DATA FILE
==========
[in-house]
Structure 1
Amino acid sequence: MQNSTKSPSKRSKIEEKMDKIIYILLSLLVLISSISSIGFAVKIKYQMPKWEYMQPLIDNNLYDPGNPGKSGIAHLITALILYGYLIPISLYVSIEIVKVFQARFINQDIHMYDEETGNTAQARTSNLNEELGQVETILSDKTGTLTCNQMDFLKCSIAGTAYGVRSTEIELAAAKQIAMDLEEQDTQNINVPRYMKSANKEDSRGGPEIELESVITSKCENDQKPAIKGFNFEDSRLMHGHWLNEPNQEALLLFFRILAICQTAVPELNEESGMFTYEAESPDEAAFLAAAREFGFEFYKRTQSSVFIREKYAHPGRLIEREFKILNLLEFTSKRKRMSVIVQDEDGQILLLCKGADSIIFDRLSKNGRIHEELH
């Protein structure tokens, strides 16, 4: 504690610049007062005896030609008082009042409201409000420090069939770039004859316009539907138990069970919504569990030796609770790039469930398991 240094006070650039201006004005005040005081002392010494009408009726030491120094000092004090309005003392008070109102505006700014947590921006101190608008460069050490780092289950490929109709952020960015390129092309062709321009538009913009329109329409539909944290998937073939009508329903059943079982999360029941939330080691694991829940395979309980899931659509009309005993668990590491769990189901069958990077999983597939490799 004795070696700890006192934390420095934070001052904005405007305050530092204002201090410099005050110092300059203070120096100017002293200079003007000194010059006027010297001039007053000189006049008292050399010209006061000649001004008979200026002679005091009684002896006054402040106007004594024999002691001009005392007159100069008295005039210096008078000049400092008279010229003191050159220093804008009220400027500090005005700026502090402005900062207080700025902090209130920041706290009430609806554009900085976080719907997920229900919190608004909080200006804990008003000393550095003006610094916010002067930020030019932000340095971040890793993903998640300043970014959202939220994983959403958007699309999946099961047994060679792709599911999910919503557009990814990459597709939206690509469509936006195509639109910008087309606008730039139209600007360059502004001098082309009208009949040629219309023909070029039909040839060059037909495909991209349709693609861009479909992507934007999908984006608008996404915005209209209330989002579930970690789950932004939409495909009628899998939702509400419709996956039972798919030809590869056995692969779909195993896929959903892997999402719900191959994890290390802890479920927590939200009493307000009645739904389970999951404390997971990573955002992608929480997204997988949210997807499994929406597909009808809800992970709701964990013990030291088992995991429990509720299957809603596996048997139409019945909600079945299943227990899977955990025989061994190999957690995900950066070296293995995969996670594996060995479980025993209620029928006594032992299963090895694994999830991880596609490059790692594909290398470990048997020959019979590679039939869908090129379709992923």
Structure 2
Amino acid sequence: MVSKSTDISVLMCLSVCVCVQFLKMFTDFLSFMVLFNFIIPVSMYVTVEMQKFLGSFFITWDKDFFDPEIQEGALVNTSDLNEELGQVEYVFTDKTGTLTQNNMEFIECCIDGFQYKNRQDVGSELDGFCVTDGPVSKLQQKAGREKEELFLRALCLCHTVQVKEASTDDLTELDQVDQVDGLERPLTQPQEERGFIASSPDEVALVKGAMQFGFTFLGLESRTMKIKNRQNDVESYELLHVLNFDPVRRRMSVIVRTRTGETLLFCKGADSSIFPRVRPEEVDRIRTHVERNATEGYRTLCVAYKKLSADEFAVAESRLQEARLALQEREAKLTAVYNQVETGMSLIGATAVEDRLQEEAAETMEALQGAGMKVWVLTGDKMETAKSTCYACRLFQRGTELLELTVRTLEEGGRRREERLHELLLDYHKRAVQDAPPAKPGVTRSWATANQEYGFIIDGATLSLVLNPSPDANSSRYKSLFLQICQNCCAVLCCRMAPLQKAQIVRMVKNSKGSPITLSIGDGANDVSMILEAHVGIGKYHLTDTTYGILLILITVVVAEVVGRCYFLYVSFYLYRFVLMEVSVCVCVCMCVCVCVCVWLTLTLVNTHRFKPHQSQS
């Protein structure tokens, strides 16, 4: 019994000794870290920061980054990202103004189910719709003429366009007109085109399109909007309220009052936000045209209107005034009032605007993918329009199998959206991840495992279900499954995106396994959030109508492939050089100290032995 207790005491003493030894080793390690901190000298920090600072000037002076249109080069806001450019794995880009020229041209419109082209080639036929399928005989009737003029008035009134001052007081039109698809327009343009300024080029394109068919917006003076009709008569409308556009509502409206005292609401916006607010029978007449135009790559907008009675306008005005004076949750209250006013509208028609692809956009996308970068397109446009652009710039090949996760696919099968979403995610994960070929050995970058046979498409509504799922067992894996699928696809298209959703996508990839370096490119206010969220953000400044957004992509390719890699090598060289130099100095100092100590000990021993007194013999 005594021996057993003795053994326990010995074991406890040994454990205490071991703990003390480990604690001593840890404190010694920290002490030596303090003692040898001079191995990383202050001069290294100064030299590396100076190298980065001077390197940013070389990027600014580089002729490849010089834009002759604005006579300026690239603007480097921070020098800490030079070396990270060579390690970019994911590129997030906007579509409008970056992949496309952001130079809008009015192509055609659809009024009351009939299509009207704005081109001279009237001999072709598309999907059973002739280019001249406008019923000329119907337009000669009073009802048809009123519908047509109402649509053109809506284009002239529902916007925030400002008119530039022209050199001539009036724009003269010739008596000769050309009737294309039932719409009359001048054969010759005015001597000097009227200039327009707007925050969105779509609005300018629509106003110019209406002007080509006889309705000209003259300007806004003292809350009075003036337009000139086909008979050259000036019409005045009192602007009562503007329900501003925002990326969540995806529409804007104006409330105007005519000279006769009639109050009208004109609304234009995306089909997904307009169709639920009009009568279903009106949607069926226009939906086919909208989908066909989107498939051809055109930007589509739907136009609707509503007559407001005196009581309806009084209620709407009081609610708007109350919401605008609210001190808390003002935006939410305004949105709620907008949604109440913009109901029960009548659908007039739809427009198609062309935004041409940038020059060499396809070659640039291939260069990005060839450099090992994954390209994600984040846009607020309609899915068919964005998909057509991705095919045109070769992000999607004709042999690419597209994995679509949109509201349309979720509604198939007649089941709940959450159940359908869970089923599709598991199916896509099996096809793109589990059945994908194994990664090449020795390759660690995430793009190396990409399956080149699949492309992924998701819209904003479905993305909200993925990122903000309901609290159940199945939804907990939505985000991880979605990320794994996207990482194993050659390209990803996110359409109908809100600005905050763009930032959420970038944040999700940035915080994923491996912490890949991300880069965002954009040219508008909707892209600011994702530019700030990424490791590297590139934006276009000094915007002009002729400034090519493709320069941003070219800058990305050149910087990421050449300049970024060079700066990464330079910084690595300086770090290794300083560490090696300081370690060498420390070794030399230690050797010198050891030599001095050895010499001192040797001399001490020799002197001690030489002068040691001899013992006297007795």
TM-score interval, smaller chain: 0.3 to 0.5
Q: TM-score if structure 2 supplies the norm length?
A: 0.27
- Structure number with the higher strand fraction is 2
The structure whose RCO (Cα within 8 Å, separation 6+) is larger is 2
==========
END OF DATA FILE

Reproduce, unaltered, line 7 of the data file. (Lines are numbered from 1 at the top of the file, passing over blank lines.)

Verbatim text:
């Protein structure tokens, strides 16, 4: 019994000794870290920061980054990202103004189910719709003429366009007109085109399109909007309220009052936000045209209107005034009032605007993918329009199998959206991840495992279900499954995106396994959030109508492939050089100290032995 207790005491003493030894080793390690901190000298920090600072000037002076249109080069806001450019794995880009020229041209419109082209080639036929399928005989009737003029008035009134001052007081039109698809327009343009300024080029394109068919917006003076009709008569409308556009509502409206005292609401916006607010029978007449135009790559907008009675306008005005004076949750209250006013509208028609692809956009996308970068397109446009652009710039090949996760696919099968979403995610994960070929050995970058046979498409509504799922067992894996699928696809298209959703996508990839370096490119206010969220953000400044957004992509390719890699090598060289130099100095100092100590000990021993007194013999 005594021996057993003795053994326990010995074991406890040994454990205490071991703990003390480990604690001593840890404190010694920290002490030596303090003692040898001079191995990383202050001069290294100064030299590396100076190298980065001077390197940013070389990027600014580089002729490849010089834009002759604005006579300026690239603007480097921070020098800490030079070396990270060579390690970019994911590129997030906007579509409008970056992949496309952001130079809008009015192509055609659809009024009351009939299509009207704005081109001279009237001999072709598309999907059973002739280019001249406008019923000329119907337009000669009073009802048809009123519908047509109402649509053109809506284009002239529902916007925030400002008119530039022209050199001539009036724009003269010739008596000769050309009737294309039932719409009359001048054969010759005015001597000097009227200039327009707007925050969105779509609005300018629509106003110019209406002007080509006889309705000209003259300007806004003292809350009075003036337009000139086909008979050259000036019409005045009192602007009562503007329900501003925002990326969540995806529409804007104006409330105007005519000279006769009639109050009208004109609304234009995306089909997904307009169709639920009009009568279903009106949607069926226009939906086919909208989908066909989107498939051809055109930007589509739907136009609707509503007559407001005196009581309806009084209620709407009081609610708007109350919401605008609210001190808390003002935006939410305004949105709620907008949604109440913009109901029960009548659908007039739809427009198609062309935004041409940038020059060499396809070659640039291939260069990005060839450099090992994954390209994600984040846009607020309609899915068919964005998909057509991705095919045109070769992000999607004709042999690419597209994995679509949109509201349309979720509604198939007649089941709940959450159940359908869970089923599709598991199916896509099996096809793109589990059945994908194994990664090449020795390759660690995430793009190396990409399956080149699949492309992924998701819209904003479905993305909200993925990122903000309901609290159940199945939804907990939505985000991880979605990320794994996207990482194993050659390209990803996110359409109908809100600005905050763009930032959420970038944040999700940035915080994923491996912490890949991300880069965002954009040219508008909707892209600011994702530019700030990424490791590297590139934006276009000094915007002009002729400034090519493709320069941003070219800058990305050149910087990421050449300049970024060079700066990464330079910084690595300086770090290794300083560490090696300081370690060498420390070794030399230690050797010198050891030599001095050895010499001192040797001399001490020799002197001690030489002068040691001899013992006297007795």